WPBT2's Star Gazers

Episode #12-34 "The Pussy Cat and the Scorpion : A Strange Tale of a Tail"
Air Dates August 20 - August 26, 2012



FIVE MINUTE EPISODE SCRIPT
DEAN: Hey there Star Gazers. I’m Dean Regas, astronomer for the Cincinnati Observatory.

JAMES: And I’m James Albury, director of the Kika Silva Pla planetarium in Gainesville, Florida. Far-out fellow Star Gazer, Marlene Hidalgo, will be joining us to help you find your way around the sky tonight.

DEAN:  Although the night skies are loaded with constellations named after animals, not one of them is named after America's favorite household pet, the pussy cat.

JAMES: However to compensate for this obvious negligence, every summer two marvelous cat's eyes glide across summer's skies and in the most improbable of places, on the tail of a scorpion. Let’s show you.

STOP

DEAN: OK., we've got our skies set up for any night in August from after dark to after midnight where if you look toward the south you will see summer's biggest constellation Scorpius the Scorpion. It's one of the few constellations, which actually looks like its name. It even has a red star, where its heart should be, named Antares, which is a humongous 700 times wider than our own million-mile wide sun.

JAMES: And if you follow the stars down from Scorpius' heart star you will see how his rather nasty tail curves up and then back on itself just like a real scorpion's tail with two stars marking its poisonous stinger. Their Arabic names from left to right are Shaula and Lesath. And these names mean "the sting".

DEAN: In folk legend however, they are not only "the sting" but are also the two eyes of an ancient celestial cat, which stare out at us every single summer. Now although they don't appear to be all that exceptional to the naked eye, if we look deeper into these cat's eyes with a telescope we can see the secrets they have hidden within them for thousands of years,

STOP

JAMES: Wonderful secrets because when we compare each star to our sun they are truly marvelous. Indeed while our sun is about a million miles wide, Shaula is almost twice as wide. And it is a much hotter star than our yellow sun and burns a fierce blue-white and is in fact 1,200 times more luminous. It looks dimmer only because it is 280 light years away, which means that we see Shaula not as it exists now this summer but as it existed when its light left it 280 years ago in the early 1700's.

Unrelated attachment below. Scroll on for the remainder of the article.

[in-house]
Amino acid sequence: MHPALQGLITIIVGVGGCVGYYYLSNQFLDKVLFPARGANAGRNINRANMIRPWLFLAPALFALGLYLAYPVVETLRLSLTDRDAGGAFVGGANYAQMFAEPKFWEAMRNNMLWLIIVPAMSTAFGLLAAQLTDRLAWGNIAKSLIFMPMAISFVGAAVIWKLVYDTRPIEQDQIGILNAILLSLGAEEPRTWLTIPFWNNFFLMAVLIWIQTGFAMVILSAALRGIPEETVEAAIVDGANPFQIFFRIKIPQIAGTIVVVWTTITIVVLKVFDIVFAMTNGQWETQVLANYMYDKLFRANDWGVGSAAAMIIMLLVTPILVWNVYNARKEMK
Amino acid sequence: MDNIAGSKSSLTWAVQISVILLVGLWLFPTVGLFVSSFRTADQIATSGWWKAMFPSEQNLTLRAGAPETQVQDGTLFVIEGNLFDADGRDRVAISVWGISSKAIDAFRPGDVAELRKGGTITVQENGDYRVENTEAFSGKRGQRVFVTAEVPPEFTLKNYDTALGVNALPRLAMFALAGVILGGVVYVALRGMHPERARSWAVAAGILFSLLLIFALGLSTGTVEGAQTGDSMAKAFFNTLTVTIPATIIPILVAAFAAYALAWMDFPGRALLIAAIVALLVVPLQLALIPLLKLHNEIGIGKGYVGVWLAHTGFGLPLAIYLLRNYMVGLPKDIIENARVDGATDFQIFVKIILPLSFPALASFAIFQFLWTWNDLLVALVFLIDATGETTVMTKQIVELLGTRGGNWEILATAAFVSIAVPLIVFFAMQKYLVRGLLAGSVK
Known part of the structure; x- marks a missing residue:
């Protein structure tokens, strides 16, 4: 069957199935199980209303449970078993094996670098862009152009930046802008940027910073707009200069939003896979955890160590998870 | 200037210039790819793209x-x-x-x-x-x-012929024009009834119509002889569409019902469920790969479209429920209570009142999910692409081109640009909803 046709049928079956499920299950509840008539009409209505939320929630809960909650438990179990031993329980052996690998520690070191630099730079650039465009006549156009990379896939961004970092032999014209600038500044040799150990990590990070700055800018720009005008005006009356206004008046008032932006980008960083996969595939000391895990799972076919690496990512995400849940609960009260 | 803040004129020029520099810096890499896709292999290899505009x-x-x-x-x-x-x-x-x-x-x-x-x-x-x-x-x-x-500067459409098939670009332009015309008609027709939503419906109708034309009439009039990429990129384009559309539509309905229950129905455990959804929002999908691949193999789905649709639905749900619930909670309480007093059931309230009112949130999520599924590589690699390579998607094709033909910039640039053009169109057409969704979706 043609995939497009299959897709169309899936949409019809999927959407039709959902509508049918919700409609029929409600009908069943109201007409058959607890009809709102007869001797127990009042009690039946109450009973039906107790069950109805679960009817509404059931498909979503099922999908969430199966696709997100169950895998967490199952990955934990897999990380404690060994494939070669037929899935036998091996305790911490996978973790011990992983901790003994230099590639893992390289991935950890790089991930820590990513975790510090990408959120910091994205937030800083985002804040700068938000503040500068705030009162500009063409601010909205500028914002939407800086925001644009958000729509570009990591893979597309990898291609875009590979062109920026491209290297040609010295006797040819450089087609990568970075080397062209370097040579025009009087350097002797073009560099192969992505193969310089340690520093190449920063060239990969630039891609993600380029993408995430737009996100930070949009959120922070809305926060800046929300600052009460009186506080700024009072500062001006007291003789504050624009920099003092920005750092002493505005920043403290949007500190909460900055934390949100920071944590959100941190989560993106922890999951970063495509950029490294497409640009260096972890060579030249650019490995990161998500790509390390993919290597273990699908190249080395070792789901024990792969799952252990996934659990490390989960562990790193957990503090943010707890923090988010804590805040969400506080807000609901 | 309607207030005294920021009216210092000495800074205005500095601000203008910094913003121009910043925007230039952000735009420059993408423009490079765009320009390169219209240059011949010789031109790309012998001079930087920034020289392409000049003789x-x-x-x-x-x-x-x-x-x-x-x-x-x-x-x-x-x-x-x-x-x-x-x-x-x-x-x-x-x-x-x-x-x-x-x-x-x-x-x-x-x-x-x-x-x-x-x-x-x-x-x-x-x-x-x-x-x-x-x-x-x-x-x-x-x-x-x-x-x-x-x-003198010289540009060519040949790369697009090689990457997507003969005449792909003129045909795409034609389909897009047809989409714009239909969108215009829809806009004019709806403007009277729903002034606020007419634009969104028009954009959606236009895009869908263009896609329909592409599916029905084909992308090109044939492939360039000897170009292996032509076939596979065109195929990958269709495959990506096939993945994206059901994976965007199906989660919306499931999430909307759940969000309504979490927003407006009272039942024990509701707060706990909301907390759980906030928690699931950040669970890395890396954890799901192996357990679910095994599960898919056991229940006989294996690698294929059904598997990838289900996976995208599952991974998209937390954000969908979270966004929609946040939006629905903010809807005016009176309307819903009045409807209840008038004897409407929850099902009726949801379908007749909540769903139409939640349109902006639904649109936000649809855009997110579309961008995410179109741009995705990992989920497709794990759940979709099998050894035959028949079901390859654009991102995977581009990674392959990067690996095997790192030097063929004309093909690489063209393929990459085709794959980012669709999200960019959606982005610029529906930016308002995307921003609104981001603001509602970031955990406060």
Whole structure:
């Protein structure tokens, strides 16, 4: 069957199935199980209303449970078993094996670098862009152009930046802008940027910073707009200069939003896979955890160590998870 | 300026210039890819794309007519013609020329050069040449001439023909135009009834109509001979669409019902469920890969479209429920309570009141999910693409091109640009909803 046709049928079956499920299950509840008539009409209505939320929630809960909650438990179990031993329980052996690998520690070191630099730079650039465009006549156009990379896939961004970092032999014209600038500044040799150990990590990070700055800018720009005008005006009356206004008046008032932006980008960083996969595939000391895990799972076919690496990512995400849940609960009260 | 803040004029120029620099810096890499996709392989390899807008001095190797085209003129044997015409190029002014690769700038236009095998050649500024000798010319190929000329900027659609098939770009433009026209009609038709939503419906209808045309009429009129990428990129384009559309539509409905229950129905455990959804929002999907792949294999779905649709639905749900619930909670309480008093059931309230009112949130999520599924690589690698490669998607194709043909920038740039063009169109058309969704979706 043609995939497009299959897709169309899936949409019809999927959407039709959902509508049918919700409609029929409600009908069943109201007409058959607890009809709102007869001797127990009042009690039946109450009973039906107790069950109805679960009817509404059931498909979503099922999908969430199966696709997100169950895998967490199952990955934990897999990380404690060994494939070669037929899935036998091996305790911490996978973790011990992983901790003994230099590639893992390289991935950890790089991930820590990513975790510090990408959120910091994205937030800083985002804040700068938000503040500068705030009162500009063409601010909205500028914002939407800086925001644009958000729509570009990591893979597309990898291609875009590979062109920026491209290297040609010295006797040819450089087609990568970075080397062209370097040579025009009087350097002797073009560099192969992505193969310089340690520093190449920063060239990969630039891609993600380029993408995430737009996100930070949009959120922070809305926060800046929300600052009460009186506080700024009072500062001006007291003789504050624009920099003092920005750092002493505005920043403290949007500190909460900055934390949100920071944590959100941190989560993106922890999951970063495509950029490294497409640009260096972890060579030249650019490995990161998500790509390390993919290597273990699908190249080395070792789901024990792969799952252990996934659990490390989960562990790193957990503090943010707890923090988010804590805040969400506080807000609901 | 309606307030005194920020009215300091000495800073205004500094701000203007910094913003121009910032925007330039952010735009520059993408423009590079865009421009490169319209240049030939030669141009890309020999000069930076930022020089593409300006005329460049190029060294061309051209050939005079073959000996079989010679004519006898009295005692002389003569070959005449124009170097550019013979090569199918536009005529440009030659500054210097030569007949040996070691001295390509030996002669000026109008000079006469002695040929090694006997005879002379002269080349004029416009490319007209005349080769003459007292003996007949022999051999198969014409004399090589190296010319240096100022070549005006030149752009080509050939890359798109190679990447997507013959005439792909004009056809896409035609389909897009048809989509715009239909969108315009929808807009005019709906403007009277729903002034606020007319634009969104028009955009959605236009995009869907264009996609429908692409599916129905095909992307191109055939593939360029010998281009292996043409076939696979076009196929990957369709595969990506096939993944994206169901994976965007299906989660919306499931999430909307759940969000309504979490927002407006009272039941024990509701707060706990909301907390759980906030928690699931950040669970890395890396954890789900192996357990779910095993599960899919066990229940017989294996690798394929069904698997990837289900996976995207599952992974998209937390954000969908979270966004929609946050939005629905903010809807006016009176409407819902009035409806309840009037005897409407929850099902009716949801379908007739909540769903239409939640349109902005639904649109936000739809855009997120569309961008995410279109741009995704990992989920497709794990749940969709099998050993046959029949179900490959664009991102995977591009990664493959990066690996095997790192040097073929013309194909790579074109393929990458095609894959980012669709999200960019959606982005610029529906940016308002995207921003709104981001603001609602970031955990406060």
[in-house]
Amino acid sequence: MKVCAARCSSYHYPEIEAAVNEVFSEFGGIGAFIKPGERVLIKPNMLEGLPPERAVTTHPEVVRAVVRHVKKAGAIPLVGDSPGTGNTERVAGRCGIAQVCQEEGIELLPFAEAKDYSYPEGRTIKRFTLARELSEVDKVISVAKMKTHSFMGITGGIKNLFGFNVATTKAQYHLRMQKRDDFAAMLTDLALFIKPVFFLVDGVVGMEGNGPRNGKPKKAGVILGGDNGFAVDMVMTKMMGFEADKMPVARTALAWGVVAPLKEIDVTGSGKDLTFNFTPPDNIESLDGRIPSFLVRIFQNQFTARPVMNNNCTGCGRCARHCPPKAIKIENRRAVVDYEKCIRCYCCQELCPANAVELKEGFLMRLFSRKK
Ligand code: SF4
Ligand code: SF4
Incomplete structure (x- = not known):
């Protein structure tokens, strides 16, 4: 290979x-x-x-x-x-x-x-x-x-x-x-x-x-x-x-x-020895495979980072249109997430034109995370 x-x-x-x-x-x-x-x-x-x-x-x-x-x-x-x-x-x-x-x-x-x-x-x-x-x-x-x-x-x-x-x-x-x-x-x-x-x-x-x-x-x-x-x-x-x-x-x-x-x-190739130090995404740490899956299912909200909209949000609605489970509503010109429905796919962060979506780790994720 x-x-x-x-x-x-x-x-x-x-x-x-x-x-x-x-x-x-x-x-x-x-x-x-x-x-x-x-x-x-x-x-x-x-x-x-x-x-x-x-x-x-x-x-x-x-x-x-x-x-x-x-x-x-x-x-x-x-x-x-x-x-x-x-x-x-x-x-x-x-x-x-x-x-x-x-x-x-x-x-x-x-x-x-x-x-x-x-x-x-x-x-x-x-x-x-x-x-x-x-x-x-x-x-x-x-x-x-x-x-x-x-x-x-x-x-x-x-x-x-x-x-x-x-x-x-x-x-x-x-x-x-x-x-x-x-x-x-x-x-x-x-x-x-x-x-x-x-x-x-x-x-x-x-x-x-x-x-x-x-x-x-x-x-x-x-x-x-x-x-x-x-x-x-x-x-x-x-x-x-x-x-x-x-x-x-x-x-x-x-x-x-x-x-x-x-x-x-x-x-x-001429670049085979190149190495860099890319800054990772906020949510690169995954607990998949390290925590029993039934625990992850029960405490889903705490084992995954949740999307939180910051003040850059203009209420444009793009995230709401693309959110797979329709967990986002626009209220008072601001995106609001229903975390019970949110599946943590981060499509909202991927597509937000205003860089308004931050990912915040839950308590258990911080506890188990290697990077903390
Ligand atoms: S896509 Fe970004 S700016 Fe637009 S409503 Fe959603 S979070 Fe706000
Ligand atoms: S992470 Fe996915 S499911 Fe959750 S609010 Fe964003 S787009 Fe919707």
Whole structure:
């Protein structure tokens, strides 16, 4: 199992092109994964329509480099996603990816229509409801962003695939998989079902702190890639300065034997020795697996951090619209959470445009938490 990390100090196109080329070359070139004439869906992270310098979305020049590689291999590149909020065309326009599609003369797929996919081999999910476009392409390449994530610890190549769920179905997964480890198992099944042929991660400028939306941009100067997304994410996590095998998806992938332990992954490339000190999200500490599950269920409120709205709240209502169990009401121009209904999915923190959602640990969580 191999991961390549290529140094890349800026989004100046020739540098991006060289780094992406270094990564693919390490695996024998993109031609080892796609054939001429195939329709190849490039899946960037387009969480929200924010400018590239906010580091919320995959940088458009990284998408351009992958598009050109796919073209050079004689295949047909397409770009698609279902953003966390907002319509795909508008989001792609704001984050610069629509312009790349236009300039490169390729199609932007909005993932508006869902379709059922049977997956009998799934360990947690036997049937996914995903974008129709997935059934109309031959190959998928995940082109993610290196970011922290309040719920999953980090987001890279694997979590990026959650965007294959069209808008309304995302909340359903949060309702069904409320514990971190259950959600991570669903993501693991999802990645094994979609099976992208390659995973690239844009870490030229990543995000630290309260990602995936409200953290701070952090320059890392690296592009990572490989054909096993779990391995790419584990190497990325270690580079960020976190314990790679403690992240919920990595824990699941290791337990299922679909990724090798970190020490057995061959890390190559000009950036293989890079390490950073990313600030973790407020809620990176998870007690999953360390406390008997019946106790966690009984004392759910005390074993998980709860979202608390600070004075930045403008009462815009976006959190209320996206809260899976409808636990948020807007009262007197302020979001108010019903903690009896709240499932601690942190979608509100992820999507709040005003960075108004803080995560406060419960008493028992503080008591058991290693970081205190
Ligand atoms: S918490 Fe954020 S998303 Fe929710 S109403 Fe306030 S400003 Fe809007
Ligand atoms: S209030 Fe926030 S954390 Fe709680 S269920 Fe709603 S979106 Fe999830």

DEAN: Lesath, the dimmer of the two, is even more incredible and appears dimmer only because it is over 5 times farther away than Shaula, 1,600 light years beyond, which means that we see it not as it exists now but as it existed 1,600 years ago around 400 A.D. and it burns an even fiercer blue-white hot than Shaula and is 15,000 times brighter than our sun, plus Lesath makes both Shaula and our sun seem puny by comparison because it is 2 1/2 times the diameter of Shaula and 7 times as wide as our sun. Some pussy cat, eh folks?

JAMES: And if you look off to the right of Scorpius in the next few weeks, you’ll be able to see Saturn and Mars. Mars will keep coming closer and closer to Antares every night but they’ll both get steadily lower in the evening sky. An especially good view will be on the evening of September 19, when a four and a half day old moon will be just to the left of Mars.

DEAN: Meanwhile in the morning skies just before dawn, three planets will greet you early morning sky gazers. Closest to the horizon is Mercury and you shouldn’t wait too long to look for it as Mercury will soon leave the morning sky. Brilliant Venus and bright Jupiter will be in the morning sky through Christmas but Venus and Jupiter will steadily get farther apart as Venus turns and follows the sun.

JAMES: Make a note on your calendar and look for a close pairing of a last quarter moon and Jupiter on the morning of September 8th and a gorgeous close pass of a thin crescent moon by Venus on the morning of September 12th.

DEAN: So get outside after sunset the next few weeks look south and find these two magical cat's eyes peering through summer nights as they silently glide across the southern sky masquerading as the sting of the scorpion. The red planet mars will steadily close in on red Antares each night.

JAMES: And Jupiter and Venus will dominate the morning sky for the rest of the fall. All of these are great reasons to…

BOTH: Keep looking up!

 

 

Episode #12-34 "The Pussy Cat and the Scorpion : A Strange Tale of a Tail"
Air Dates August 20 - August 26, 2012



ONE MINUTE EPISODE SCRIPT
JAMES: Although there is no constellation named for a pussy cat there are two cat's eyes in summer's skies.

STOP

DEAN: Look south for the fishhook shaped pattern of stars Scorpius the Scorpion. Follow the curve of stars and you'll see two stars which mark his stinger named Shaula and Lesath.

JAMES: In ancient times these two were known as the cat's eyes. Shaula, which is 2 times as wide as our million-mile wide sun, is so far away we see it as it existed 280 years ago.

DEAN: Lesath however, is a humongous 7 times as wide as our sun and so incredibly much farther away than Shaula that we see it as it existed 1,600 years ago.

JAMES: So look for these 2 magnificent cat's eyes as they ride across summer's skies on the tail of the scorpion.

BOTH: Keep looking up!

 

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